Decontaminating a Tainted Water Tank


Those of you who missed our report on how a weak winterizing solution can create a Sandals Beach Resort for waterborne bacteria may be noticing a pungent odor coming from your galley tap. Regardless of the cause of your water woes, our favorite chemist-sailor Drew Frye has spent most of the winter coming up with some simple steps to ensuring you have fresh-tasting water as good as any bottled variety on board this spring. Here he offers a step-by-step guide to decontaminating that foul-smelling tank.

With careful monitoring and pre-filtering of dockside water and maintenance of tank water, this procedure should only be required when contamination is suspected, or to start off fresh with a clean tank. Regular inspections, filtration at the dock, and maintenance doses of chlorine or treatment tablets when needed will prevent future problems. Using a proper mix of glycol if you winterize will prevent one of the common causes of contamination.

First the tank needs to be clean. Look inside with a flashlight; is there any sediment on the bottom or scum on the walls? Feel the walls; are they slick, evidence of healthy bacterial growth? It all must go. Hopefully there is reasonable access, for there is no substitute for a good hand scrubbing and rinse-down with a high powered hose. Machine dishwasher detergent works well as do long handled brushes. A power washer can help, but some angle fittings will be needed and it won’t do the job by itself. Once you’ve taken care of any growth, the next step is sanitizing.

There is a standard sanitizing procedure for recreational vehicles (ANSI A119.2 section 10.8) that works just as well for boats. We’ve added a few details, but the bones of it come straight from the code and have been reviewed and accepted by the U.S. Public Health Service.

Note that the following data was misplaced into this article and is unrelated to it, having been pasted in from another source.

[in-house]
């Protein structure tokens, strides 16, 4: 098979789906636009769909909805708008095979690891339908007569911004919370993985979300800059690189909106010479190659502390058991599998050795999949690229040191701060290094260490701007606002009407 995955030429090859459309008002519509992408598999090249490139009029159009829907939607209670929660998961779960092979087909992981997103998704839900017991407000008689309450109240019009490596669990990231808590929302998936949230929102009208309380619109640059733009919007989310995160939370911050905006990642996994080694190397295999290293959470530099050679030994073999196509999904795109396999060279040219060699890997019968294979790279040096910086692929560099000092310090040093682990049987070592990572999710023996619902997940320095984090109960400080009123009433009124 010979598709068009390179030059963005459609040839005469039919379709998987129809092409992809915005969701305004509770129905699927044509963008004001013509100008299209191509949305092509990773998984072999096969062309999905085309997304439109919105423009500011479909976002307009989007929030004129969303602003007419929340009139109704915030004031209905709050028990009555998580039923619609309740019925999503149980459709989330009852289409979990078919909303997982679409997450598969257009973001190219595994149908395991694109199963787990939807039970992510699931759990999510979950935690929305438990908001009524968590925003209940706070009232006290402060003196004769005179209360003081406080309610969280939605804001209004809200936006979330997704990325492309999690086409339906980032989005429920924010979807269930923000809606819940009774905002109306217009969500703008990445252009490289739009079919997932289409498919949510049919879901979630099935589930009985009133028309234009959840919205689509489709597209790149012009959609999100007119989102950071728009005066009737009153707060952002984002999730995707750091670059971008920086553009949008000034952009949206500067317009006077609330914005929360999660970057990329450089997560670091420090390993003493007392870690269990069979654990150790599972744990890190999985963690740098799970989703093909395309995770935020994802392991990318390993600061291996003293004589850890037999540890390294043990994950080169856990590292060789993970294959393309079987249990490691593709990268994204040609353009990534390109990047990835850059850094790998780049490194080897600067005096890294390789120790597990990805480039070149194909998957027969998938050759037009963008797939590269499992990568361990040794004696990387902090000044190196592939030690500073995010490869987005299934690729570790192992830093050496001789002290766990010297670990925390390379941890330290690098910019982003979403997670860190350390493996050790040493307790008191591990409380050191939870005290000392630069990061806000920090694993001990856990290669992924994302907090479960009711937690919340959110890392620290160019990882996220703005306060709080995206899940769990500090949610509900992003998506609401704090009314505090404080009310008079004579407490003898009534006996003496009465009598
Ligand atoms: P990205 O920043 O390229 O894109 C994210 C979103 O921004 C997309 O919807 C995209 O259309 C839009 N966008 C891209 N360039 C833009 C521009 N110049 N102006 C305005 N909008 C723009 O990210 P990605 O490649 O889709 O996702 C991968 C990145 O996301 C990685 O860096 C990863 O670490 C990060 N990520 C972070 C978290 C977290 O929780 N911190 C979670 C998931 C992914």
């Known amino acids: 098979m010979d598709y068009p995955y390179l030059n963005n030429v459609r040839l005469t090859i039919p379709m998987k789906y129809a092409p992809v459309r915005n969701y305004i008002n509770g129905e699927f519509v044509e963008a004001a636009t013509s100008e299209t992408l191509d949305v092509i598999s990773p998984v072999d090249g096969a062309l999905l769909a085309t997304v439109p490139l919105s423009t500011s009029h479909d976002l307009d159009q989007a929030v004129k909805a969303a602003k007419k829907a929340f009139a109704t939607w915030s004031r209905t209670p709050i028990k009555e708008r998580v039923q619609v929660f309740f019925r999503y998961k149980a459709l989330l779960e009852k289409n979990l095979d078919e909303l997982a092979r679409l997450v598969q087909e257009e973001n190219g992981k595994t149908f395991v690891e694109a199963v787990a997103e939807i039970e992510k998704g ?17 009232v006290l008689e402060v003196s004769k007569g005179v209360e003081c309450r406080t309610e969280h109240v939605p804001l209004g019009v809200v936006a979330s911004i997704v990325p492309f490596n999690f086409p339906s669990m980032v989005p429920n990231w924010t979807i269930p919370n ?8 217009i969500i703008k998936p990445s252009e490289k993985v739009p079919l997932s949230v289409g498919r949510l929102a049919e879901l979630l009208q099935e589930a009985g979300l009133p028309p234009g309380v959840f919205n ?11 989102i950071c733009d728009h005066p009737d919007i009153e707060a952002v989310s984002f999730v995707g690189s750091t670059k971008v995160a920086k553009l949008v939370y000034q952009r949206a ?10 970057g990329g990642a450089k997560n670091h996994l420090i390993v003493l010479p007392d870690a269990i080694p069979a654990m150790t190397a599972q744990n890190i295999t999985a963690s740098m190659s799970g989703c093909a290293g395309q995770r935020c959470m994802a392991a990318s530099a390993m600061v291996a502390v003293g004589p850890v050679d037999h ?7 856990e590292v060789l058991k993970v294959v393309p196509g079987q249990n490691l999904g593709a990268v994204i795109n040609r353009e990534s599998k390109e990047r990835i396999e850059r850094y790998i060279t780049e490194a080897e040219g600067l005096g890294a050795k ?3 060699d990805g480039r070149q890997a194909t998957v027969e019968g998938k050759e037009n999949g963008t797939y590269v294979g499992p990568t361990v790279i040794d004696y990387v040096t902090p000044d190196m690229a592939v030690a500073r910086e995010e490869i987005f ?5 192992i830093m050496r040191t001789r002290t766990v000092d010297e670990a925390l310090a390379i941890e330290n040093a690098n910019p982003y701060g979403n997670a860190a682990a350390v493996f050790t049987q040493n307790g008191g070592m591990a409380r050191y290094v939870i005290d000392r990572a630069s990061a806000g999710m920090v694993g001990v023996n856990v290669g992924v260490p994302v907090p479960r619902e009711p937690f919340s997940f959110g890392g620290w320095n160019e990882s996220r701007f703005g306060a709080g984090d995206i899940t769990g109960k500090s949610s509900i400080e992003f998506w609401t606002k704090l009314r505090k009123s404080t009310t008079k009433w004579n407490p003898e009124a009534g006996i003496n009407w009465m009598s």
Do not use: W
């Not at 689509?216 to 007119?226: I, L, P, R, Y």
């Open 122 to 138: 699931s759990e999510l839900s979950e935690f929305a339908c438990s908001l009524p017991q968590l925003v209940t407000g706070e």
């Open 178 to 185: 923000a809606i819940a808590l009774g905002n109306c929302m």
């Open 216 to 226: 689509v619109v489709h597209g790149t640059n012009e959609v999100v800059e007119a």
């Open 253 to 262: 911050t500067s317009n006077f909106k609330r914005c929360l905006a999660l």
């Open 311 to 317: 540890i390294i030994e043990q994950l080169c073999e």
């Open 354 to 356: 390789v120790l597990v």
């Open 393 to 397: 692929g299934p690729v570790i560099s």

• Turn off the hot water heater until finished.
  • Remove any carbon canisters or micron rated filters. Remove any faucet aerator screens. Wire mesh pump protection strainers should stay in place. The plumbing will very likely slough off a layer of bacteria during later flushing steps.
  • Clean and remove the vent screen and flush the vent hose.
  • Use either following methods to determine the amount of common household bleach needed to sanitize the tank.
  1. Multiply gallons of tank capacity by 0.13; the result is the ounces of bleach needed to sanitize the tank. This is 1/8 cup of plain bleach (4-6 percent sodium hypochlorite, no fragrance) per 10 gallons.
  2. Multiply liters of tank capacity by 1.0; the result is the milliliters of bleach needed to sanitize the tank.
  • Mix the proper amount of bleach within a 1-gallon container of water. This will provide better mixing and reduce spot corrosion of aluminum tanks.
  • Pour the solution (water/bleach) into the tank and fill the tank with potable water.
  • If possible, allow some solution to escape though the vent. (If the vent is exterior, prevent any spillage into local waters.) This will sanitize the vent line.
  • Open all faucets (hot and cold) allowing the water to run until all air is purged and the distinct odor of chlorine is detected. Leave the pressure pump on.
  • The standard solution must have four hours of contact time to disinfect completely. Doubling the solution concentration reduces the contact time to one hour.
  • When the contact time is completed, drain the tank. Refill with potable water and purge the plumbing of all sanitizing solution. Repeat until bleach is no longer detectable.